Spitzer found himself quite alone when the scandal broke. Though he had been a very significant force within his own political party. It was hard for anyone to defend his hypocrisy.
Failing to live up to our ideals need not be hypocrisy. The only way we can live up to our ideals is not to have ideals or to make them achievable by lowering them to the point they cannot even be called ideals. Inconsistency is not always hypocrisy. We will always be inconsistent as long as we are human. Hypocrisy is condemning others when we are guilty of the same wrong. When we excuse ourselves and prosecute others for the same failure, we become hypocrites. Hypocrisy involves deception and the persistent action of engaging in a double standard when applying the rules to others and when to oneself.
Jesus challenged the conscience of the crowd that gathered to stone the woman caught in adultery. He asked the one who did not sin (like this woman did) to cast the first stone. And the crowd, equally guilty of adultery quietly dispersed (John 8:9). If Spitzer had been there, he would have picked up the biggest stone to hurl at the woman. But those eager to stone Spitzer must ask if they wish to be judged by the same legal exactitude. Spitzer and his lawyers are engaged in bargaining so he can escape the punishments he put in place.
We should not wink at sin. Yet Spitzer’s prosecutable wrong is minor compared to his hypocrisy. Jesus warns his disciples, “Do not judge, and you will not be judged. Do not condemn, and you will not be condemned. Forgive, and you will be forgiven. Give (harsh judgment), and it will be given to you. A good measure, pressed down, shaken together and running over, will be poured into your lap. For with the measure you use, it will be measured to you.” (Lk 6:37-38). Nothing calls for greater caution than when we are about to make a judgment. Even if our antagonists have no occasion to repay us according to our judgment, we have to reckon with God himself.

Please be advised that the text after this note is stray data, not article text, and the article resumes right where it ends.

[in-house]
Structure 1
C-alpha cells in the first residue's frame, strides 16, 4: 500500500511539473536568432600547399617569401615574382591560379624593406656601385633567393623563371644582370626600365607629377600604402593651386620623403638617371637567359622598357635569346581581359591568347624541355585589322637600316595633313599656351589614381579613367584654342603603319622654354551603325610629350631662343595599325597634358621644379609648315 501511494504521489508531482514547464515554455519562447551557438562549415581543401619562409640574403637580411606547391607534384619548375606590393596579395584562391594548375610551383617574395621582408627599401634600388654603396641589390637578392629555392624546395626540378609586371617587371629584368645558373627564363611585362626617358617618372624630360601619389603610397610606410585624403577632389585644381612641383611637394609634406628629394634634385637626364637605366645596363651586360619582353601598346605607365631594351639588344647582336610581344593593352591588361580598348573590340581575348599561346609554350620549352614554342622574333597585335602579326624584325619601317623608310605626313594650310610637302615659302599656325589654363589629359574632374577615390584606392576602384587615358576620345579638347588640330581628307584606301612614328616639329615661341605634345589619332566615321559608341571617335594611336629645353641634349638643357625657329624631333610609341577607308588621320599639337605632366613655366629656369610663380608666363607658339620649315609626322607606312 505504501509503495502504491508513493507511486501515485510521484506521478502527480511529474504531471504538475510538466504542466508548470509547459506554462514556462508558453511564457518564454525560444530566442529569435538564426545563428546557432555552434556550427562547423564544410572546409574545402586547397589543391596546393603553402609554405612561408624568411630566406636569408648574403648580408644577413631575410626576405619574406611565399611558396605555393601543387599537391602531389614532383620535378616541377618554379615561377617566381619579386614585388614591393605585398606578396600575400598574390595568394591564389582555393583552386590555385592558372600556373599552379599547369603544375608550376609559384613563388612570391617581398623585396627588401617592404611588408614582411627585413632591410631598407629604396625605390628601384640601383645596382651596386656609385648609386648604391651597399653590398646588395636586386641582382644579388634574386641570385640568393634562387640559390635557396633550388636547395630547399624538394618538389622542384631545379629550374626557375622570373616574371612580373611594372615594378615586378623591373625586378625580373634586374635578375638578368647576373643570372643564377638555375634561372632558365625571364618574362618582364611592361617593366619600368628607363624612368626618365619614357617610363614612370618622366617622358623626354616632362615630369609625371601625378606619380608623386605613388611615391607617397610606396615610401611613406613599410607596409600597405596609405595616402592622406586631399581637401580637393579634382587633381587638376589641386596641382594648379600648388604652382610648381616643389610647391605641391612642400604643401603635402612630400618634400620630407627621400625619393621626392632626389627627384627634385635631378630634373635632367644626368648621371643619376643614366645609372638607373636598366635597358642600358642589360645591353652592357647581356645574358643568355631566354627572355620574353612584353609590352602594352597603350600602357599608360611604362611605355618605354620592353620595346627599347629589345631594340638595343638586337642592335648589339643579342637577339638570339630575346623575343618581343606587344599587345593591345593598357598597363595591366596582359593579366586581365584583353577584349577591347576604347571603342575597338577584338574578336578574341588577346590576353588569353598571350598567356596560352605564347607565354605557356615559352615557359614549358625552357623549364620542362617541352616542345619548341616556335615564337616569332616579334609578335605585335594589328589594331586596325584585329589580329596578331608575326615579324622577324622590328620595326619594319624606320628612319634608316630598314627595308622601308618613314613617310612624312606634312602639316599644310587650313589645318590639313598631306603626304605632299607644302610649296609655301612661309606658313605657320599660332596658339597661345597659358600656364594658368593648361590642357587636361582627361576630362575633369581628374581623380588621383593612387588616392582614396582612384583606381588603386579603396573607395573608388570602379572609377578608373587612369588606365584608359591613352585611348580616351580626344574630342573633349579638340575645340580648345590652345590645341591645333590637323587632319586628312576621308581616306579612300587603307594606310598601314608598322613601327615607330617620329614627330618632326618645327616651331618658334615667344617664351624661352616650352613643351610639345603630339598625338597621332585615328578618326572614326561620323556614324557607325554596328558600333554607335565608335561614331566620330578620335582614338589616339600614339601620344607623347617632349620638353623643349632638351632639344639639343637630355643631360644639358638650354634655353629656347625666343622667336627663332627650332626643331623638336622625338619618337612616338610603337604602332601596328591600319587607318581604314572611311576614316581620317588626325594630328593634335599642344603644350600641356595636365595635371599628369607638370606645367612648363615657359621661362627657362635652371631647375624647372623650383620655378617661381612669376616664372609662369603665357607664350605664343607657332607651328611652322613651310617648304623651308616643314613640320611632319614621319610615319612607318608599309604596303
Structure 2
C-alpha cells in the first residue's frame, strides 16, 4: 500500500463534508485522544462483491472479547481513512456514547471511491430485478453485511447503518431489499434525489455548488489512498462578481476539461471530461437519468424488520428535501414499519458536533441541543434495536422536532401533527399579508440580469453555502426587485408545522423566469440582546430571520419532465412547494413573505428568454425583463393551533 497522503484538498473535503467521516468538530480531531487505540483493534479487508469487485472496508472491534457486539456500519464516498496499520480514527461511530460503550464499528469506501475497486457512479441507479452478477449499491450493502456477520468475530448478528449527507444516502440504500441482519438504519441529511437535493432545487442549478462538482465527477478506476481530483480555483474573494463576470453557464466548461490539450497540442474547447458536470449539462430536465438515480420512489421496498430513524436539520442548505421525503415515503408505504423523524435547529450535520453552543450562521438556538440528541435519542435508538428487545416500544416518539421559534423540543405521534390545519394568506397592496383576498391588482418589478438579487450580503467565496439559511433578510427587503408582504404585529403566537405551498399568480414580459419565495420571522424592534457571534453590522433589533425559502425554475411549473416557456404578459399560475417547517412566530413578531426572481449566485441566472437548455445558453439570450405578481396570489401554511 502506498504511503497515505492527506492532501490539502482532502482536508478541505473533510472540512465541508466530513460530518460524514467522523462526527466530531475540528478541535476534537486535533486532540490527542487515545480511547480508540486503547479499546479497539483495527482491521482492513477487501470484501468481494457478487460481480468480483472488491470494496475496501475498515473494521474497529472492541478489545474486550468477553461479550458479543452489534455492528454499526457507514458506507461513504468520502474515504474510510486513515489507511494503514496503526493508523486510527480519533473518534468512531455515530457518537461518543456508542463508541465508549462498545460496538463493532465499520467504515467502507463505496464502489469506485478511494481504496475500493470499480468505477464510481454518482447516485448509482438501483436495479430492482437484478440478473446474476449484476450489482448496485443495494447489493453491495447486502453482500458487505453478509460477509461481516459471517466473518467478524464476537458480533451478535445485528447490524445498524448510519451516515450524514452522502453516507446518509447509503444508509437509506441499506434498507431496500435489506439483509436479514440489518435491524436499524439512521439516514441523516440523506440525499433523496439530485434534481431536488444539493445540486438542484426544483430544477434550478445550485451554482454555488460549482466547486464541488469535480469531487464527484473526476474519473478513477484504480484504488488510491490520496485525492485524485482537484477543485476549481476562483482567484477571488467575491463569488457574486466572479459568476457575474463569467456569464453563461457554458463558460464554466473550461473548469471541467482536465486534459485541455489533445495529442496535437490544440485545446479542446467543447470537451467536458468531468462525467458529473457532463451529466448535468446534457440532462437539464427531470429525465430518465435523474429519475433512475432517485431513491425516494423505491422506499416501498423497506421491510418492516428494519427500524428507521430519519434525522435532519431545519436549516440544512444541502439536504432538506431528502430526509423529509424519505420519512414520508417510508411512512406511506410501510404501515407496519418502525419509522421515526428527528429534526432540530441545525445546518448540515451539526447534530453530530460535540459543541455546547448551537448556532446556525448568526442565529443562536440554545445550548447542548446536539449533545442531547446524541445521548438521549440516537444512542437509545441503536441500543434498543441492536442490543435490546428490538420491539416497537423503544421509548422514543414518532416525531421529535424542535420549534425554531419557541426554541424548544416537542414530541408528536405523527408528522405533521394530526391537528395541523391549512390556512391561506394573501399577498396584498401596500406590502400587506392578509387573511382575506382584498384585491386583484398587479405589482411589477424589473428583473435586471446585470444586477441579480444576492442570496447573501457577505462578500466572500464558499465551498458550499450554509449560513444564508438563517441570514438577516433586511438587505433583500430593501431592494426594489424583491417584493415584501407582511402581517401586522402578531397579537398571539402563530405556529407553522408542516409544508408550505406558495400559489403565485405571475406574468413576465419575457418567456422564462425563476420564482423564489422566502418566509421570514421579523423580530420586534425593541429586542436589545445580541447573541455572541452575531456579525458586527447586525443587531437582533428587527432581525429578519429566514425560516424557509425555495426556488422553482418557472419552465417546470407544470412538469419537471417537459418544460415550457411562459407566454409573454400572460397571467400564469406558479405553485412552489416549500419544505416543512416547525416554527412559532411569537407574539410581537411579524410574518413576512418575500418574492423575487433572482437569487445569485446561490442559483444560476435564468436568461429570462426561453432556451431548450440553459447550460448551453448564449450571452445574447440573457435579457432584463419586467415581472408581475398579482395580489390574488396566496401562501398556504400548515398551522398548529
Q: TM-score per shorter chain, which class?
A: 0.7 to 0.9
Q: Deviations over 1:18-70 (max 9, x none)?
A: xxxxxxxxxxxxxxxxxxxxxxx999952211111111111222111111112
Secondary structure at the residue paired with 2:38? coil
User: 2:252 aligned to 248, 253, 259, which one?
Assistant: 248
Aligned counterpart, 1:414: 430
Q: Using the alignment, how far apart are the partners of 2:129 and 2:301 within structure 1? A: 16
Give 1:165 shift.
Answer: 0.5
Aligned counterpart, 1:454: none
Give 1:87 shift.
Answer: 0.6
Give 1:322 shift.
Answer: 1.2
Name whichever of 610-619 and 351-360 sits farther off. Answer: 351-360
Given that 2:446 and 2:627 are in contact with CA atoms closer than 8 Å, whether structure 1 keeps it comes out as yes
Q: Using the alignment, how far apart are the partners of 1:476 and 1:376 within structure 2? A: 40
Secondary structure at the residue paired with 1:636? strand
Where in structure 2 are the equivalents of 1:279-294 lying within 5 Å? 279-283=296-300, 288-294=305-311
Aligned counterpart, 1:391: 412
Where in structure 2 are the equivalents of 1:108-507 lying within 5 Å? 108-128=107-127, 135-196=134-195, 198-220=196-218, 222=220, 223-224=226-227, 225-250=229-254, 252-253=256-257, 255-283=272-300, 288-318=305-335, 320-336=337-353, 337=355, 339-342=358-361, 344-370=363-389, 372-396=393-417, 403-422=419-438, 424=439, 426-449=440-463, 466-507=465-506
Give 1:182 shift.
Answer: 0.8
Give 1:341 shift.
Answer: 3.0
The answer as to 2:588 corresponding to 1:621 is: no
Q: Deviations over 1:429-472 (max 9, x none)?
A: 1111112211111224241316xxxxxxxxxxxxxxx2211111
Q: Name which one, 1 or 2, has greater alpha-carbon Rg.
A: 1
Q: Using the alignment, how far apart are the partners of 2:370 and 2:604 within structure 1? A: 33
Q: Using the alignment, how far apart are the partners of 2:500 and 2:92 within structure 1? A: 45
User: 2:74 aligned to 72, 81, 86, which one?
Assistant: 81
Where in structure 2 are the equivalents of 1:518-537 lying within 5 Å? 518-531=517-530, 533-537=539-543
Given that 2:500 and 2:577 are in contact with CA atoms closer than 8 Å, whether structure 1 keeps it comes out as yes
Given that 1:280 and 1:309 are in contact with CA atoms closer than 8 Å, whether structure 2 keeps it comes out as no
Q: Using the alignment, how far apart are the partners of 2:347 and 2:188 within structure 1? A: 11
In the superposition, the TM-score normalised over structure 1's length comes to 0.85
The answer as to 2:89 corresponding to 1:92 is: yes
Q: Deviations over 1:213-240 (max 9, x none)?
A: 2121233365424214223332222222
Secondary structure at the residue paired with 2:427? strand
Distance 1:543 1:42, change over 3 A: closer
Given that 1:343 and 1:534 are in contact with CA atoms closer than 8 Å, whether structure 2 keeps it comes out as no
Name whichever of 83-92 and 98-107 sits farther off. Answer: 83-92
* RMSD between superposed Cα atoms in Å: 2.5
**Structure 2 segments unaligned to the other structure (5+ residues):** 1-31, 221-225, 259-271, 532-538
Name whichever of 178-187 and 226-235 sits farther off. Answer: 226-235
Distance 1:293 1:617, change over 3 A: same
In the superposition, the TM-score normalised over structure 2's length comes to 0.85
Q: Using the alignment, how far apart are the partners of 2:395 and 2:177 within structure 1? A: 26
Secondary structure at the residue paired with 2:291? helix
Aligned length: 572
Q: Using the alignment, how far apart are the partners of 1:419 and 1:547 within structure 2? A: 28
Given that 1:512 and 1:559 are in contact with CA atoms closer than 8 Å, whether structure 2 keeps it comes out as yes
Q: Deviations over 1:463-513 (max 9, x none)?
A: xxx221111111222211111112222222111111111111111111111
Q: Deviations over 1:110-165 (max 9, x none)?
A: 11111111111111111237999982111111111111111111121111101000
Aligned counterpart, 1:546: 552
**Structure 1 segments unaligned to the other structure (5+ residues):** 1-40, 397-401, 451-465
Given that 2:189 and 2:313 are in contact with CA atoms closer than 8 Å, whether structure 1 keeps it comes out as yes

In a similar vein, Jesus tells the parable of the servant in debt. He owed a large sum to his master who forgave him his debt. But when a fellow servant owed him a small debt, he had this co-worker thrown in prison. The master, on hearing this, condemned him who owed the greater debt (Mt 18:23-35). God is offended when we will not show mercy after we have received mercy. Though this is not an issue of hypocrisy, it follows the same principle: “Do unto others what you would have them do to you” (Lk 6:31).
Spitzer’s hypocrisy is too apparent for any other interpretation. We can choose to mock him, but we can also choose to hope for his redemption. In his resignation, he said, “I have insisted … that people … take responsibility for their conduct. I can and will ask no less of myself.” If these words are spoken sincerely, Spitzer may have taken his most important step in his personal development.